Adding onto the growing number of student organisations seeing their funding cut or removed is Queensland University of Technology’s student publication, Glass. Earlier this year, QUT’s student union, the Guild, informed the Editors that their 2023 budget will decrease from $110,000 to $80,000.

When Woroni spoke to Glass Editor-in-Chief Ciaran Greig, her reaction was one of shock and surprise. Glass is a popular publication on campus, with 68% of respondents to the Guild’s Student Experience Survey stating they wanted to read the magazine. A third of that 68% said that they also wanted to read a paper copy as opposed to online.

The Guild has cut Glass’ overall funding by reducing the assumed hours of work that the four Editors will put in over their term. While student editors and politicians at most Australian universities receive honoraria – a below minimum-wage payment – QUT Executives and Glass Editors are paid hourly.

However, the Guild’s calculations included the hours worked only by three Editors, and only covered January to September, rather than the whole calendar year. They sum to a total of 45 hours per week, or 11.25 hours per Editors, with 5 hours to secure advertising. Greig alleges that these three months were quieter and hence do not accurately reflect the Editors’ workload. According to her, by January this year, the Editors were already working an average of 69 hours a week overall.

The funding cut will not reduce the hourly rate of the Editors, but rather, will reduce the number of hours the Editors can work before they begin to reduce Glass’ printing budget.

The Guild President, Zoe Davidson, told Woroni that the four Glass Editors averaged 45 hours last year. The President also stated that if Editors exceed these hours, they can “…pitch for untied funding…” both “within and beyond QUT.” The Guild has budgeted an extra 5 hours per week to secure advertising and Davidson promised that the Editors would be supported in this. Davidson did not elaborate on what this support includes.

The Guild has budgeted only for a certain number of hours to be worked, while the Editors want to maintain, if not increase, their output from last year. Greig argues that, to achieve this goal, the Editors will not be paid for the hours they work. Instead they will be paid at a fixed rate of 12.5 hours per week. The QUT President delegated responsibility for logging hours to the Editor-In-Chief but simultaneously said “…we encourage all SRC members to log all hours for data.”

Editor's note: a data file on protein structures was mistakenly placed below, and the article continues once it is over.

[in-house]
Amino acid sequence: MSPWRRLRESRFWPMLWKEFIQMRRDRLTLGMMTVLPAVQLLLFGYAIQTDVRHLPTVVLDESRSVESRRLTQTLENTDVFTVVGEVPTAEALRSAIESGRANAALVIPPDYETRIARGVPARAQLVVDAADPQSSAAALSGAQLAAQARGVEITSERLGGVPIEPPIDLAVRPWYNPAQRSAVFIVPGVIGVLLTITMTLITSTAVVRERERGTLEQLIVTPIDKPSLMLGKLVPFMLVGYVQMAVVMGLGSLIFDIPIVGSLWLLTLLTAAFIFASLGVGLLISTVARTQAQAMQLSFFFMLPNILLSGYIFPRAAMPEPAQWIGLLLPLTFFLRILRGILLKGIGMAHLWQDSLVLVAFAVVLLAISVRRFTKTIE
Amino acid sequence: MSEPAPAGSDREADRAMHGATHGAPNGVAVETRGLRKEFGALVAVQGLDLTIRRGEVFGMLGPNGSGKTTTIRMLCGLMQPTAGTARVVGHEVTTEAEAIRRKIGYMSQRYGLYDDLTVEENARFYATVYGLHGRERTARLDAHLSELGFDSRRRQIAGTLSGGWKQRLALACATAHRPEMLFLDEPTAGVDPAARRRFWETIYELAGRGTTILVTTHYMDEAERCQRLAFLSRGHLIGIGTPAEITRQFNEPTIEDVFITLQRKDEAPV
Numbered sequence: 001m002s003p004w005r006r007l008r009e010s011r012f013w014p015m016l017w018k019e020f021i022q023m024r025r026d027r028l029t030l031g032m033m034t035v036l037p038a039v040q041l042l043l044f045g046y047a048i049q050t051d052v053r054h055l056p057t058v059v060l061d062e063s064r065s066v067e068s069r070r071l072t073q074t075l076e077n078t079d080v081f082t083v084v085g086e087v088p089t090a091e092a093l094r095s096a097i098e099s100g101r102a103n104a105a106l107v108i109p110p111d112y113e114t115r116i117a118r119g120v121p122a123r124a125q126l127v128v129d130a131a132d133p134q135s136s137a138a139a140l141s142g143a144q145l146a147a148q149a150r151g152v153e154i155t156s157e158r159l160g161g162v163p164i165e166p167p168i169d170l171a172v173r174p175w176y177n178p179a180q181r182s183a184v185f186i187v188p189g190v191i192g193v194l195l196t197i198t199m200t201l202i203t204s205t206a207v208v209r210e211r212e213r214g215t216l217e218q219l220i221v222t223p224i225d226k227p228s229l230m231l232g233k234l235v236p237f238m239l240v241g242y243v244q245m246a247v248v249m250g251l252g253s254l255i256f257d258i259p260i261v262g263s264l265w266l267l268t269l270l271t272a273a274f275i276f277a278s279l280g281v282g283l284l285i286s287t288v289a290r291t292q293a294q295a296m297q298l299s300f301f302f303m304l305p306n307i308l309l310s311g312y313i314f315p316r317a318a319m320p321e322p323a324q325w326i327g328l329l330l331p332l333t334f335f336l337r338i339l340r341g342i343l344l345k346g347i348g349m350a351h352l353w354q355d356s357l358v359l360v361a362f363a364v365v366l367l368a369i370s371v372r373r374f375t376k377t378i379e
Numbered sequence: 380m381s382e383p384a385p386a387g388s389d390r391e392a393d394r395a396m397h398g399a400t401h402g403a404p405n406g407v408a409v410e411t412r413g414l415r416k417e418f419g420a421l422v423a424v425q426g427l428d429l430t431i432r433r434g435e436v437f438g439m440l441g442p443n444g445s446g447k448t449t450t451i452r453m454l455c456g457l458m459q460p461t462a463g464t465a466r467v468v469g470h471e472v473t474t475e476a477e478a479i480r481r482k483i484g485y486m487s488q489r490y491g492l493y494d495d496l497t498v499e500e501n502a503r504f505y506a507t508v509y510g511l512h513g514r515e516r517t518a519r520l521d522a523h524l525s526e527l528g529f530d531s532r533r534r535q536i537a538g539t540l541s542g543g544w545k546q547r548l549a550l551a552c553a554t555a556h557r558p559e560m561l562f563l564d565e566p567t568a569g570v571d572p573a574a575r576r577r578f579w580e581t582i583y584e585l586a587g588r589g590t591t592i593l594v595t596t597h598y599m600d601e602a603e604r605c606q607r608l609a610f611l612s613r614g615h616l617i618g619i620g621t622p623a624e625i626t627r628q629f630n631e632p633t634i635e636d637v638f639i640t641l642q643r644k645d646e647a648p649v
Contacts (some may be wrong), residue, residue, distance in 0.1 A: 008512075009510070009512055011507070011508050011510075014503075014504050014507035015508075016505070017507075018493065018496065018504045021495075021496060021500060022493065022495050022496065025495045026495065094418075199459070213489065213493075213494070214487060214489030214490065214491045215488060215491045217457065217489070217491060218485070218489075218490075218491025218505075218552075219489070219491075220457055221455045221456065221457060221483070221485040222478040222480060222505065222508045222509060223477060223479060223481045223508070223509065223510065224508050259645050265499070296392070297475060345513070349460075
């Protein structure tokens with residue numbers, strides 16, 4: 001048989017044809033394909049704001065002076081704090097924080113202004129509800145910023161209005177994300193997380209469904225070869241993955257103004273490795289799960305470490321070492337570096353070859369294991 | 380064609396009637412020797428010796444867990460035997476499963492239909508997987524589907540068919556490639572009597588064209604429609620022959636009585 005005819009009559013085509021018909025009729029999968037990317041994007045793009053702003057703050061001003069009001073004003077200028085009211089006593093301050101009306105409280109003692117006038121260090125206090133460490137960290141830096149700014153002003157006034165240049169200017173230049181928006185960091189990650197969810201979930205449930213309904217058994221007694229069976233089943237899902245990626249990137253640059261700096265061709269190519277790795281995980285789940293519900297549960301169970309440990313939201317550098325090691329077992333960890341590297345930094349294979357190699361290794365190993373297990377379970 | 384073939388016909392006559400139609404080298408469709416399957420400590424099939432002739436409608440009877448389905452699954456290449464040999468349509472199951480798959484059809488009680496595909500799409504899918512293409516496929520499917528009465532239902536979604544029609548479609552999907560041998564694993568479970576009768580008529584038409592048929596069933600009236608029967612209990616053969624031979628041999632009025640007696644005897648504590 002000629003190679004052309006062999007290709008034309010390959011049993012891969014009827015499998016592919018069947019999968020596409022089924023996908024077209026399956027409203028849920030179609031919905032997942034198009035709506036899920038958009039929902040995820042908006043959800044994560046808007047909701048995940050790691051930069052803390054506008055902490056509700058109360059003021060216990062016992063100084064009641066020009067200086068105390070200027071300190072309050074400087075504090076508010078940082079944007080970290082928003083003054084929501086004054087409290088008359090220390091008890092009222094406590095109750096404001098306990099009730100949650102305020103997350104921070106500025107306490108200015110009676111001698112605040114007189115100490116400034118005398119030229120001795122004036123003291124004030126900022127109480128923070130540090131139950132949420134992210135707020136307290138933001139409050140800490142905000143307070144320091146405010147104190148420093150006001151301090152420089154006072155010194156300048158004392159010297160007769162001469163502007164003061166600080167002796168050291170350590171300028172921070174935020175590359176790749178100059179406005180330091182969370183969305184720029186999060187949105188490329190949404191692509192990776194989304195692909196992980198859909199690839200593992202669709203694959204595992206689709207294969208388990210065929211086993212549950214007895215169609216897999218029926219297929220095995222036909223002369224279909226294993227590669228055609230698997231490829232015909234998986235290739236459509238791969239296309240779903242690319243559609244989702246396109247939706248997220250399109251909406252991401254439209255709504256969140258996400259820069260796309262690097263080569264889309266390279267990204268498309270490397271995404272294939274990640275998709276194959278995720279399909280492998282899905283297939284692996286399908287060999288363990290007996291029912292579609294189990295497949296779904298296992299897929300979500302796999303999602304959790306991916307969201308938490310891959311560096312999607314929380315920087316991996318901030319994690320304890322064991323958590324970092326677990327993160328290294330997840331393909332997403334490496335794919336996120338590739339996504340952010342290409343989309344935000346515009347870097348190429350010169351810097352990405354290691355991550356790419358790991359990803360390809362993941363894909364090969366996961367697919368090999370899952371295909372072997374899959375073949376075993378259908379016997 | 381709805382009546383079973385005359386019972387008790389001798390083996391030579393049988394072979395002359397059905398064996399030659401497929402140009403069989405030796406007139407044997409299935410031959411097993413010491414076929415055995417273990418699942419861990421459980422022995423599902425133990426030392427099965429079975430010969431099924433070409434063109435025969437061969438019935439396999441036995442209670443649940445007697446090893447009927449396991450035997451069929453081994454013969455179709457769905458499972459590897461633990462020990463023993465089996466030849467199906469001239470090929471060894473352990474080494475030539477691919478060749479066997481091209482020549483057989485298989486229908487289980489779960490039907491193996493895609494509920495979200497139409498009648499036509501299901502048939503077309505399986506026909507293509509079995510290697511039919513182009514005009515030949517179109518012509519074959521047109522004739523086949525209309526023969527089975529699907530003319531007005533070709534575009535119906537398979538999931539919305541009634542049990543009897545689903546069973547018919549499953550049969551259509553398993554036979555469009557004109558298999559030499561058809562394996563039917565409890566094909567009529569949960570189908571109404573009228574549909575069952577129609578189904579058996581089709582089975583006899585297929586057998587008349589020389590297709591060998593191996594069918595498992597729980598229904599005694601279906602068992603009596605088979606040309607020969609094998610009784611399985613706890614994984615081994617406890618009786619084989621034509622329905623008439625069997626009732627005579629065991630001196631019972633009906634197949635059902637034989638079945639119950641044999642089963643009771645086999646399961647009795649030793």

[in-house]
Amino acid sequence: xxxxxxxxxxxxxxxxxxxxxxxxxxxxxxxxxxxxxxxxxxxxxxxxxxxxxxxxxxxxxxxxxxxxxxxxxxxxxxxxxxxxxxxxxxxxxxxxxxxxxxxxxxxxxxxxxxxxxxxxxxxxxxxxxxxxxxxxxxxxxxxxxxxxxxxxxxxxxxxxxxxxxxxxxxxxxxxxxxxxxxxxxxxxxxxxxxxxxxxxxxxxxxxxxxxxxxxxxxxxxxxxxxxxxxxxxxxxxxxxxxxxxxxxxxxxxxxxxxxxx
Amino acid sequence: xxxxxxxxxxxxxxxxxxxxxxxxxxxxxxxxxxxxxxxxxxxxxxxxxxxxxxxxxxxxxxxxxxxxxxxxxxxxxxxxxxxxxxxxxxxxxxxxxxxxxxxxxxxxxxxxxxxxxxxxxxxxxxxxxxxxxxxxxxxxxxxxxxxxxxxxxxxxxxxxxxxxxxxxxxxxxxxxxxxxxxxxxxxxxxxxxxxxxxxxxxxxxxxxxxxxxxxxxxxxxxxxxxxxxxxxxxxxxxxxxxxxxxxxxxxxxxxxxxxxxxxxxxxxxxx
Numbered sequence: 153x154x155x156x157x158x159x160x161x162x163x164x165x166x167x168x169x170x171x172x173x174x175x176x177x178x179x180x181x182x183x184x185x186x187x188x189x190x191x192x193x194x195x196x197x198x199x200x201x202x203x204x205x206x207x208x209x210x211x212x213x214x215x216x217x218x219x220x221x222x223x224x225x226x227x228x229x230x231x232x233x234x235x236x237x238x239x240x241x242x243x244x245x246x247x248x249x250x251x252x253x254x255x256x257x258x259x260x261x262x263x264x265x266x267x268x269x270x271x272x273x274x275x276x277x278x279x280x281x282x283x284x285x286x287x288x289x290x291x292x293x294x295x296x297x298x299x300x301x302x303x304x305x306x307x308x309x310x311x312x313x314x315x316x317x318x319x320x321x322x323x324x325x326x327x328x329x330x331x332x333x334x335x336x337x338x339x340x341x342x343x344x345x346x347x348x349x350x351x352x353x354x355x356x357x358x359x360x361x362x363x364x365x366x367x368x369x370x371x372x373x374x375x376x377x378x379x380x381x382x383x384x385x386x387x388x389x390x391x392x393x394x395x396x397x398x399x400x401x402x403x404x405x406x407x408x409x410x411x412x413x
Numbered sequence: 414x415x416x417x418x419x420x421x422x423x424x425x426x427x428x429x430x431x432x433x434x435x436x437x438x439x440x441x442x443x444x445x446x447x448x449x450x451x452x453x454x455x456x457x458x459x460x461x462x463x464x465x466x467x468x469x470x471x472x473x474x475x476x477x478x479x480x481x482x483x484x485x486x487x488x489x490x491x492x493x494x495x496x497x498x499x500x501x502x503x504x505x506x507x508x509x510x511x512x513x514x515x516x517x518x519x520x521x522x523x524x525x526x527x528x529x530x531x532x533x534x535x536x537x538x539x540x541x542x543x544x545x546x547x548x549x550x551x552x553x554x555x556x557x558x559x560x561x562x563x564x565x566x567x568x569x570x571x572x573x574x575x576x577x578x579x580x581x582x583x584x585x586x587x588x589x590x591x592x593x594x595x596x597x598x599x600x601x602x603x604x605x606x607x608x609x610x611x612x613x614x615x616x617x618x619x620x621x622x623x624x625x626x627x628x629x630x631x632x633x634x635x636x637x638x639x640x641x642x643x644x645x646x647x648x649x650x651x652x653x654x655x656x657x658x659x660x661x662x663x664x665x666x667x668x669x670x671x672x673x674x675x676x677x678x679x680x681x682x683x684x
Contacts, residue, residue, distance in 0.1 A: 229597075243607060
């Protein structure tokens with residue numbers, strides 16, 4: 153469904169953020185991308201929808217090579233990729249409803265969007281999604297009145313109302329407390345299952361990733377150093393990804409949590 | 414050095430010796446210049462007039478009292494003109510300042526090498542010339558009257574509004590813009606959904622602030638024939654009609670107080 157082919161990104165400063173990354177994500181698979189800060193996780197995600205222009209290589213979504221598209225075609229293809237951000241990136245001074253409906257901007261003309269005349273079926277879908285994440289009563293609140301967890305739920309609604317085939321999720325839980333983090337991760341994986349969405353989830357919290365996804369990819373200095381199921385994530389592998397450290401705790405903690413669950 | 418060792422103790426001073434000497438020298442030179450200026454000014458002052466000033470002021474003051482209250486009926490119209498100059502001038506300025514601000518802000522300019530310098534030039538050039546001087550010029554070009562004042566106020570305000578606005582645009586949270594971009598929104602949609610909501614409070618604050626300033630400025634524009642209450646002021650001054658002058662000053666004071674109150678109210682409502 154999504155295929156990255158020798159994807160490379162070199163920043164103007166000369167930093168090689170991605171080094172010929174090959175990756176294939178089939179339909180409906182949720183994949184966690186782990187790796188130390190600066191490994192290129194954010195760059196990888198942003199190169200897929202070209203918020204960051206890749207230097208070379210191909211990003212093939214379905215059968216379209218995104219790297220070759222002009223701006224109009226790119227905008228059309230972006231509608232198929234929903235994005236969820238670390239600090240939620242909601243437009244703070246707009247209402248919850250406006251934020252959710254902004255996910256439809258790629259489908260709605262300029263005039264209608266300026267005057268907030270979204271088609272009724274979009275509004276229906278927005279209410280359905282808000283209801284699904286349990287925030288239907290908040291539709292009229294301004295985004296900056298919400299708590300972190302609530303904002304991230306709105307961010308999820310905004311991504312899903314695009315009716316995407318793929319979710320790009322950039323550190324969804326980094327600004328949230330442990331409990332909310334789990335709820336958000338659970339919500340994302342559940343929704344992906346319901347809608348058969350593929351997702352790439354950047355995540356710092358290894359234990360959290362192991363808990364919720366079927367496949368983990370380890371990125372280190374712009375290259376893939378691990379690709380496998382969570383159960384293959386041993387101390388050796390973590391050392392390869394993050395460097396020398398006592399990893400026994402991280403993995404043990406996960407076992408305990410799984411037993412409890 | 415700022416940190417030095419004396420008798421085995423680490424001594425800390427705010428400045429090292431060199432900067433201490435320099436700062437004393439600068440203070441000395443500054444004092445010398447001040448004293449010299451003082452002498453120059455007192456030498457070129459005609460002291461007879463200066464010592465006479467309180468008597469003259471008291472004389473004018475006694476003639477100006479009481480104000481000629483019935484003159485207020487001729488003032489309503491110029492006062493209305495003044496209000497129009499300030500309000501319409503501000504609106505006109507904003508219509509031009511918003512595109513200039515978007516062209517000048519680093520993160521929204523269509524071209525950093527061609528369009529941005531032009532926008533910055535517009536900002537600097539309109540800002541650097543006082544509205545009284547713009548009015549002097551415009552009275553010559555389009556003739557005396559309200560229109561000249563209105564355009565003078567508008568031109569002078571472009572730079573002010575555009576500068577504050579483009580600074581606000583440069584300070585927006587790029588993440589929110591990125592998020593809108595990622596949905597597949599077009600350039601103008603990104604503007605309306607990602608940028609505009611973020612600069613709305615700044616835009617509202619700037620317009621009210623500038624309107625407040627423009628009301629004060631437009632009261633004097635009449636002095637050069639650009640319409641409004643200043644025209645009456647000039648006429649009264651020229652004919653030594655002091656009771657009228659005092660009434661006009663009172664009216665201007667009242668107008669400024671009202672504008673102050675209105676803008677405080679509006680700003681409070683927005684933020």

Since the initial announcement, the conflict, largely between Glass Editors and the President and Secretary of the Guild, has become marred in a number of ideological and procedural arguments.

While the funding cut was initially based around estimates of hours worked, when pushed for a justification, the President and Secretary focused more on the coverage provided by Glass in 2022.

The President recently argued that the 2022 media team did not cover all SRC meetings, did not report adequately on the SRC to the Guild, did not sufficiently liaise with external organisations to secure advertising and did not report on student elections, amongst other regulatory requirements. Davidson also claimed to Woroni that Glass inconsistently reported “…on matters that directly affect QUT Students.”

Greig explained that following conflicts of interests between Editors and Guild representatives in the past, Glass has tried to distance itself from the Guild. This included not attending Executive Committee meetings. Davidson responded to this claim by arguing that conflicts of interest are “…only[sic] justification for better communication and consultation.”

Last year, the Guild Secretary had to postpone an annual general meeting two times, after the Secretary announced the meeting too late. They have not seen their funding cut this year. Moreover, under the Guild’s Media Regulations, the paper’s funding should be decided by the Finance Committee. It was actually decided by the SSAF Committee.

While the Secretary oversees the organisation of the general meetings, the President argues that blaming them for the regulatory failings last year is “…categorically false.” Davidson added that the Secretary was not at fault because a new constitution and regulations had been implemented in 2021, whereas “… the Media Regulations have no discrepancies between documentation and are very procedurally clear.”

The President has also argued that printing the magazine has a negative environmental impact. Glass uses 100% recycled paper for its four magazine issues each year.

The President also complained that “As the magazines are free there is no way of tracking readership as they are placed over campus.” The Guild’s survey last year showed that more students want to read a paper magazine than what Glass currently prints for. Yet, the survey also showed that 66% would prefer to read Glass online.

Glass joins a number of other student organisations around the country that have seen their funding cut in recent years. Last year, the University of Technology Sydney’s Vertigo had their funding drastically cut, while the ANU administration defunded the Postgraduates and Research Students’ Association. Both the Editors and the President have submitted arguments to the Board of the Guild about the funding cut. The Board is still reviewing the matter.

We acknowledge the Ngunnawal and Ngambri people, who are the Traditional Custodians of the land on which Woroni, Woroni Radio and Woroni TV are created, edited, published, printed and distributed. We pay our respects to Elders past and present. We acknowledge that the name Woroni was taken from the Wadi Wadi Nation without permission, and we are striving to do better for future reconciliation.